This post comes to us from Eliza Heussler, Curatorial Intern.
Only a few inches away from every one of the encaustic paintings and sculptures in the exhibition Martin Kline: Romantic Nature is a small, albeit prominent cautionary note: “Please do not touch the artwork.” Why the extra precaution? After all, it is one of those “golden rules” of museum-going that we refrain from any physical contact with works of art for fear of damage. Walking through the McKernan Gallery, now a temporary home for Martin Kline’s first mid-career retrospective (on view through June 17), the impulse to touch is ever present. The haptics —that is the science that deals with the sense of touch—of Kline’s art is one of the qualities that makes his work not only dynamic and innovative but lustful and sensual. The haptic quality connects artwork and viewer, mind and body, thought and sensation, idea and emotion.
In fact, the inability to physically touch Kline’s artwork enhances the visual perception from being simply optical to “using the eye like an organ to touch.” It is a way of looking that “grabs” what it is that the eye sees, creating a nonverbal dialogue that deepens an internal connection. A viewer’s imaginative realm and usual understanding of perception are challenged, as one begins to feel with one’s eye—the texture, the color, the shape, and the suggested moment of each of Kline’s paintings and sculptures.
In Kline’s Randazzo (2000), he applies his signature encaustic (wax and pigment) technique to a wooden panel, as he creates a work that is at once painting and sculpture. The eye is immediately drawn to the built-up center, then follows a spiral path through the form that suggests a cyclical motion, despite being physically static. The stimulation is enhanced by Kline’s use of color, a neon orange that emphasizes visual sculptural relief from the two-dimensional, flat wooden surface.
Two well-known artists whose work also embodies haptics are Vincent Van Gogh (1853-1890) and Marcel Duchamp (1887-1968). Van Gogh’s paintings induce the same desire for physical contact with the surface. A build-up of oil paint on the canvas, Van Gogh’s brushwork prompts viewers to think beyond the end result and contemplate the artistic process. In Van Gogh (2001), Kline pays homage to the Dutchman by applying encaustic to a 19th-century chair.
Duchamp wrote extensively on the idea of haptics in art, often referred to it as haptic poetry and employed the concepts in his works. Duchamp explains that the eye behaves in varying ways depending upon the dimensionality of the object, whether it is two-dimensional or three-dimensional—a painting or a sculpture. In viewing a two-dimensional work, the eye uses optical vision to understand distance and transcendence. In viewing a three-dimensional work, the eye uses haptic, or “tactile”, vision to understand closeness, proximity, contiguity, and contact. The eye is forced to replace the physical sense of touch so that the viewer can enlarge his or her understanding of himself/herself in relation to the surrounding world. Participants of the Dada movement, Duchamp and his peers were “united by a collective drive to produce a work that could embody this haptic experience.”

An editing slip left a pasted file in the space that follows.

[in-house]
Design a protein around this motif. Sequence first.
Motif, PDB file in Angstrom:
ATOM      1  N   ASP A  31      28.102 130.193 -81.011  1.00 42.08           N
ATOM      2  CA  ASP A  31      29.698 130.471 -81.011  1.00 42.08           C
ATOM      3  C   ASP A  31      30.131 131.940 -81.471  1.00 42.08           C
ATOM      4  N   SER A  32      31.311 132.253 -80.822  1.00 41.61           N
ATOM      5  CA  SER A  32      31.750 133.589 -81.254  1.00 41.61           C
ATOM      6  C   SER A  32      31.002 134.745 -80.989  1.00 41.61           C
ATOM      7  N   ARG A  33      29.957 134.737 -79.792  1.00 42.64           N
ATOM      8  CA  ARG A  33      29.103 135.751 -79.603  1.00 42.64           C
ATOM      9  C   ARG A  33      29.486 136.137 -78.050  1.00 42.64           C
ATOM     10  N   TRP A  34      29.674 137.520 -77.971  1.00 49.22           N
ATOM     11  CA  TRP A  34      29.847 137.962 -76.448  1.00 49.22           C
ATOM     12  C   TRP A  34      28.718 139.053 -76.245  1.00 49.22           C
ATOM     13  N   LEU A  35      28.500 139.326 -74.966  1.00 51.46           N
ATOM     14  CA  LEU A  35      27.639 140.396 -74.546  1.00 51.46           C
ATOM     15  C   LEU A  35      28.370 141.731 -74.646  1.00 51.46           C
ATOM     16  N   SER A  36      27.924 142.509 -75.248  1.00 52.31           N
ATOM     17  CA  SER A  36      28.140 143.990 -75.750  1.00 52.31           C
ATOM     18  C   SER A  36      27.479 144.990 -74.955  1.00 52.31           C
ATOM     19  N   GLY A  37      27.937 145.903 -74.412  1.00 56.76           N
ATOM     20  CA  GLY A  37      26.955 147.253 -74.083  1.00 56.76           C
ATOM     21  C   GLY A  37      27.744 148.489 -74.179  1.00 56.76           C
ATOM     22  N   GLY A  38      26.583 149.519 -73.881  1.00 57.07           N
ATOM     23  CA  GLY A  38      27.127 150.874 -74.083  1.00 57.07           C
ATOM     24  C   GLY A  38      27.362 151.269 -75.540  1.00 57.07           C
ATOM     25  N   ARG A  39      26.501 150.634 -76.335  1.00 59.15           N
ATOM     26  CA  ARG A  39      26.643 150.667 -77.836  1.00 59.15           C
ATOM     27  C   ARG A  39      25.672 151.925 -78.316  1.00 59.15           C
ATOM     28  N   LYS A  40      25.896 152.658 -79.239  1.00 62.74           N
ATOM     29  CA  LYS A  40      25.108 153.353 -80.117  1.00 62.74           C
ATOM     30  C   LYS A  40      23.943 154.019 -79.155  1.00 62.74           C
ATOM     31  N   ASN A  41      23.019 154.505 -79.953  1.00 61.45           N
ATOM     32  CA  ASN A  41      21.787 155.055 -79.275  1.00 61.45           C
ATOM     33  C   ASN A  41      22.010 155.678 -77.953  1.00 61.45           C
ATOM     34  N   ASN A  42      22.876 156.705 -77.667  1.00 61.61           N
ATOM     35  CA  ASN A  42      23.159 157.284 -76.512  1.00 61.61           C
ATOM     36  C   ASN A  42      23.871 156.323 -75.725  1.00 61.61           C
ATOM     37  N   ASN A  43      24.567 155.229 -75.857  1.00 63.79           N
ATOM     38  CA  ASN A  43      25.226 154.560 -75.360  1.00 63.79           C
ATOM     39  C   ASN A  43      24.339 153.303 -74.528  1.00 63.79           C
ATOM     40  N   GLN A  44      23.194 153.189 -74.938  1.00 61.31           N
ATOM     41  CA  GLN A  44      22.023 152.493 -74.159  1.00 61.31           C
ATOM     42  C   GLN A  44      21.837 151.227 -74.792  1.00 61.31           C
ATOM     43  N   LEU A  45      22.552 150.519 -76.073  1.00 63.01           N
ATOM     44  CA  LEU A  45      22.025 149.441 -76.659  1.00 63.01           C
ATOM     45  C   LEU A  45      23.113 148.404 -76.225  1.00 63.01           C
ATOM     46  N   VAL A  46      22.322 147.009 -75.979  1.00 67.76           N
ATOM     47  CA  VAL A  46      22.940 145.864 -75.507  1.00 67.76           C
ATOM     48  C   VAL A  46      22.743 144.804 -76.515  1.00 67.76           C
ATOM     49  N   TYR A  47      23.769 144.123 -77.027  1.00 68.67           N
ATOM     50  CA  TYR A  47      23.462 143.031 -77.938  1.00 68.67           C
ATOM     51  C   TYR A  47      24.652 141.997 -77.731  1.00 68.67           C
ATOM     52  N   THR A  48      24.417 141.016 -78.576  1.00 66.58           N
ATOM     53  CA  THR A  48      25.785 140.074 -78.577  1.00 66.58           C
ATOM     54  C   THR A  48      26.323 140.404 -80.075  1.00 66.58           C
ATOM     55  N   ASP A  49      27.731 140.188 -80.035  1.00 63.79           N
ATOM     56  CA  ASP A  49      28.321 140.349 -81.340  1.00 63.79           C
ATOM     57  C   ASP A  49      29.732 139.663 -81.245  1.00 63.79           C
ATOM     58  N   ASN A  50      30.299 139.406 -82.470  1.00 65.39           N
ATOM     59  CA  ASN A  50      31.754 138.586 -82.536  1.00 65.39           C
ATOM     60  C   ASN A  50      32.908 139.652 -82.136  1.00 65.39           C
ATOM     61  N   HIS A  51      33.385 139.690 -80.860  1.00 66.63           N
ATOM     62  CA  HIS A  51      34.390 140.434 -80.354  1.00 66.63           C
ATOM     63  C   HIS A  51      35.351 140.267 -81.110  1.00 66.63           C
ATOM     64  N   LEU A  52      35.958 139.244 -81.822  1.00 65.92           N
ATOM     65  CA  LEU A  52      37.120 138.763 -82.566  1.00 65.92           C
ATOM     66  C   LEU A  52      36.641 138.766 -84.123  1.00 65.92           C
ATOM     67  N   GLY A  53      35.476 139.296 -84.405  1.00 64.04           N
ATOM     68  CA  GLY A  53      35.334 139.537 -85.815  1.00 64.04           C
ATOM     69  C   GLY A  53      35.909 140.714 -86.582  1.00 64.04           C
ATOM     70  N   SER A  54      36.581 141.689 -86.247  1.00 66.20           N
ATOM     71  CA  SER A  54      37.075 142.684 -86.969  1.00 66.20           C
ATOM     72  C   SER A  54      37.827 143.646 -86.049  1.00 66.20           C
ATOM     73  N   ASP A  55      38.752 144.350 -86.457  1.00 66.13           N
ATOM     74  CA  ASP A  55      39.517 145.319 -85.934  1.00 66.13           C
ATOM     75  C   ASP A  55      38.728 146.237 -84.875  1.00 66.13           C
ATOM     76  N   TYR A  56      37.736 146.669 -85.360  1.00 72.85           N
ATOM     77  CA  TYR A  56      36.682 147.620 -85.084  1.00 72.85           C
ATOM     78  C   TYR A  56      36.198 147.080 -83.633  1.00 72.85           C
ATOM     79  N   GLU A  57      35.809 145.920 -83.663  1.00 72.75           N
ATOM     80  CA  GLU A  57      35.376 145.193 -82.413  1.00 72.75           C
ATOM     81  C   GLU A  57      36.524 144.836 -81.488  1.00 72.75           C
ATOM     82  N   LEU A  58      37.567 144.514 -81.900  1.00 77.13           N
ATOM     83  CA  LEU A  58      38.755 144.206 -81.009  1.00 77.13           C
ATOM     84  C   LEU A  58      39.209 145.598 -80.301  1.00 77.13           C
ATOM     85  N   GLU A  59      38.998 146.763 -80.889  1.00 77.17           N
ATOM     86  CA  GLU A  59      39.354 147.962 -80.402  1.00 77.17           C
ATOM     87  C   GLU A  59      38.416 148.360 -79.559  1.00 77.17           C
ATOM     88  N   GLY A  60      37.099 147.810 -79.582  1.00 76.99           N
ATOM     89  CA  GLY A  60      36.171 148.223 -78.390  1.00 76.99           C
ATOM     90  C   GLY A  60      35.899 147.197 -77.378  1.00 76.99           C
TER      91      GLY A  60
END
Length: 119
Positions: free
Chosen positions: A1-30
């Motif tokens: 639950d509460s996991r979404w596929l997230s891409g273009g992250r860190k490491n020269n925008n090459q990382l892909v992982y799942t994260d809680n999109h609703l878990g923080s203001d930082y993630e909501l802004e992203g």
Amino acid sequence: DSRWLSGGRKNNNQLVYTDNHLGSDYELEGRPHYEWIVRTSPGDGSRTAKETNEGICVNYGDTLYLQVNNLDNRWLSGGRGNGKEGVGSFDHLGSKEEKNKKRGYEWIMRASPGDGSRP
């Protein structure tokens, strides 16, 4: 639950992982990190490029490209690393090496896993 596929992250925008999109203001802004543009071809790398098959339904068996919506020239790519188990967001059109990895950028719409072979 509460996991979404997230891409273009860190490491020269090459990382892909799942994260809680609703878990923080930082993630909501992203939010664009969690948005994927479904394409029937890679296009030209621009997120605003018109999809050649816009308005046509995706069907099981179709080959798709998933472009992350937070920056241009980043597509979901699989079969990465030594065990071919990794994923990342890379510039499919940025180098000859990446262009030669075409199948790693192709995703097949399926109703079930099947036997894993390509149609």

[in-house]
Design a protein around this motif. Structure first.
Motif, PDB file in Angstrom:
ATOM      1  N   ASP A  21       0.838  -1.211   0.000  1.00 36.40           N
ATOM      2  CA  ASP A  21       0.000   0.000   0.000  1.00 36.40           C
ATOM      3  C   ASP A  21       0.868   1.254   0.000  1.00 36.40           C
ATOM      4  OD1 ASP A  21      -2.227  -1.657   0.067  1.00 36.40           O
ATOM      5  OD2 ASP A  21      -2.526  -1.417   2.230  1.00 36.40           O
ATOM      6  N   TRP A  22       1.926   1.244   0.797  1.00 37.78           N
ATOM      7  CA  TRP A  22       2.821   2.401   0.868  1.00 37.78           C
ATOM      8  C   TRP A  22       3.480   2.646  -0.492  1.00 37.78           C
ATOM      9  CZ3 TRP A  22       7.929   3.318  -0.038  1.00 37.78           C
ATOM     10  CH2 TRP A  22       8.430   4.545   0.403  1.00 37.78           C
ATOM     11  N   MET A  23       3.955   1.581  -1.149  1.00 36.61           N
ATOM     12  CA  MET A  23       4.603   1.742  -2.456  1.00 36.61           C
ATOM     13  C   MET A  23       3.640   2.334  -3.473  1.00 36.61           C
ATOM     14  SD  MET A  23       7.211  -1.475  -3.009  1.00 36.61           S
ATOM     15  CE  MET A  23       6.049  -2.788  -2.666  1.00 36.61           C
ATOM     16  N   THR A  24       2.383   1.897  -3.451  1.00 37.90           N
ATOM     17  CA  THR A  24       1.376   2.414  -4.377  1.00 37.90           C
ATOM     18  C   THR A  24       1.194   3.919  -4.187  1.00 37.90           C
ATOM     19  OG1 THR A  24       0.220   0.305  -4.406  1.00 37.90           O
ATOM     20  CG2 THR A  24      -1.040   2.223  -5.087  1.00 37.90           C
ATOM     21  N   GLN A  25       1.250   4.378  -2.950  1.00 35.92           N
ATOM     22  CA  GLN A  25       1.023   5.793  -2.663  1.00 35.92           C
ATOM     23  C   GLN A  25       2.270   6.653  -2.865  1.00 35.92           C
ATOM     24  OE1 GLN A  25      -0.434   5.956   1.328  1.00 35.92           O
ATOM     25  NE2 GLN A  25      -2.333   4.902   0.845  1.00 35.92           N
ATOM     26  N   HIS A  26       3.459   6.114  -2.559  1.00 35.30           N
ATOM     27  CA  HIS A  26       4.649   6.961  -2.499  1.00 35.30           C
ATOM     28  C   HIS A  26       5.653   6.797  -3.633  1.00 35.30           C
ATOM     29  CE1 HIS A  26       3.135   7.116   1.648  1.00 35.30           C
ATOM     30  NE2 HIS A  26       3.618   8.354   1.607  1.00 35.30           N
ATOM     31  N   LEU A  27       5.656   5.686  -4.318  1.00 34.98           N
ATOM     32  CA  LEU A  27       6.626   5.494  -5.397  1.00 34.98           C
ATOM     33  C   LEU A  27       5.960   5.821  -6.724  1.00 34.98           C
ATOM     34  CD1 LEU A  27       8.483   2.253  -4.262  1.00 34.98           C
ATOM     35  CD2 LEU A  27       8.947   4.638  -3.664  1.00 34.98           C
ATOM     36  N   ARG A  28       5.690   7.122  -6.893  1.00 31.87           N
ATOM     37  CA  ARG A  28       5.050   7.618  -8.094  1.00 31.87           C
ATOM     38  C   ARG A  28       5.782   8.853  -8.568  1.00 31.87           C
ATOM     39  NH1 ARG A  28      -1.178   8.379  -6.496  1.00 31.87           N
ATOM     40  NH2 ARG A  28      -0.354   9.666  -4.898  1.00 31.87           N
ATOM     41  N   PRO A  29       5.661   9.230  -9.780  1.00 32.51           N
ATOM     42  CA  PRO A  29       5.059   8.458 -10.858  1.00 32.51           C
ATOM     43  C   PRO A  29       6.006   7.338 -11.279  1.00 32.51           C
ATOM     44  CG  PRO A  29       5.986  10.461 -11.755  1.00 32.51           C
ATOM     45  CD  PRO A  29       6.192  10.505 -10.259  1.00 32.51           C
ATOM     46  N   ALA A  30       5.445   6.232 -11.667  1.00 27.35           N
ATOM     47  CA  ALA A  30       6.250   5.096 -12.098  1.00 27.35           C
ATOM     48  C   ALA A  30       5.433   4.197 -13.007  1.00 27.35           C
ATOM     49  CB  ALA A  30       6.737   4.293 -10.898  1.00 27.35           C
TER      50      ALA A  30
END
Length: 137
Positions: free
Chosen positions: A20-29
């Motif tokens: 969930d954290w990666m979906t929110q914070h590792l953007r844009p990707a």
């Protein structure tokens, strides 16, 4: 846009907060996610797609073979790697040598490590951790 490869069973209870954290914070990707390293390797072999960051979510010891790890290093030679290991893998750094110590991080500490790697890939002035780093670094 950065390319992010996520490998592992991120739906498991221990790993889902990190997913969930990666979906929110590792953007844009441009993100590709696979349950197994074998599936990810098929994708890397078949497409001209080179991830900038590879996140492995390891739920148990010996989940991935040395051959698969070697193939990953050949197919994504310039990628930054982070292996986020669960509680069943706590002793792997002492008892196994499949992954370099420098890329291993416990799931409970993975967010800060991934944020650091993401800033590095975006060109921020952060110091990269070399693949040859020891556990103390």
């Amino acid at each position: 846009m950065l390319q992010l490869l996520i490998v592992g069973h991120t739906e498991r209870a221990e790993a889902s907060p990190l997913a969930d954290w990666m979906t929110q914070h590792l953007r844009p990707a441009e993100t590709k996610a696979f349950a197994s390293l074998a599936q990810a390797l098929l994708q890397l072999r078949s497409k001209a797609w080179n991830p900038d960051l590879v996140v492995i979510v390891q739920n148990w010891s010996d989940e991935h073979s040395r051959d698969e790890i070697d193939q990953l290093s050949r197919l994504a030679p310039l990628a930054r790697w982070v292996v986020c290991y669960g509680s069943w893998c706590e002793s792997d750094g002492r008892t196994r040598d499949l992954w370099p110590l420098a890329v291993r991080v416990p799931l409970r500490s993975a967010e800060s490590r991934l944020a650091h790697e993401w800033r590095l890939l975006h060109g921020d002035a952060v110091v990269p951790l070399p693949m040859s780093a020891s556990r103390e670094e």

Although they are artists of different times, origins, and means, Van Gogh, Duchamp, and Kline all imbue their art with a tactile quality that pushes viewers beyond their imaginative and sensory limits. Looking at the three artists along the timeline of art history, it appears that each has advanced the haptic quality one step further than the previous. With the increasing role of digital technology in art and the central place of relational aesthetics in art historical discourse, it appears that “contemporary” art of the future will embrace haptics. Do you find yourself drawn to works of art that require your participation or do you prefer to remain a contemplative observer? Will haptic art replace the traditional act of observing? If so, will the cautionary notes like the NBMAA uses eventually become obsolete because artworks will welcome direct contact? While touring the exhibition, do you find yourself tempted to reach out and touch the artwork?
Martin Kline will be at the Museum on Thursday, May 10th at 6 pm to talk about his work during Art Happy Hour. Don’t miss it!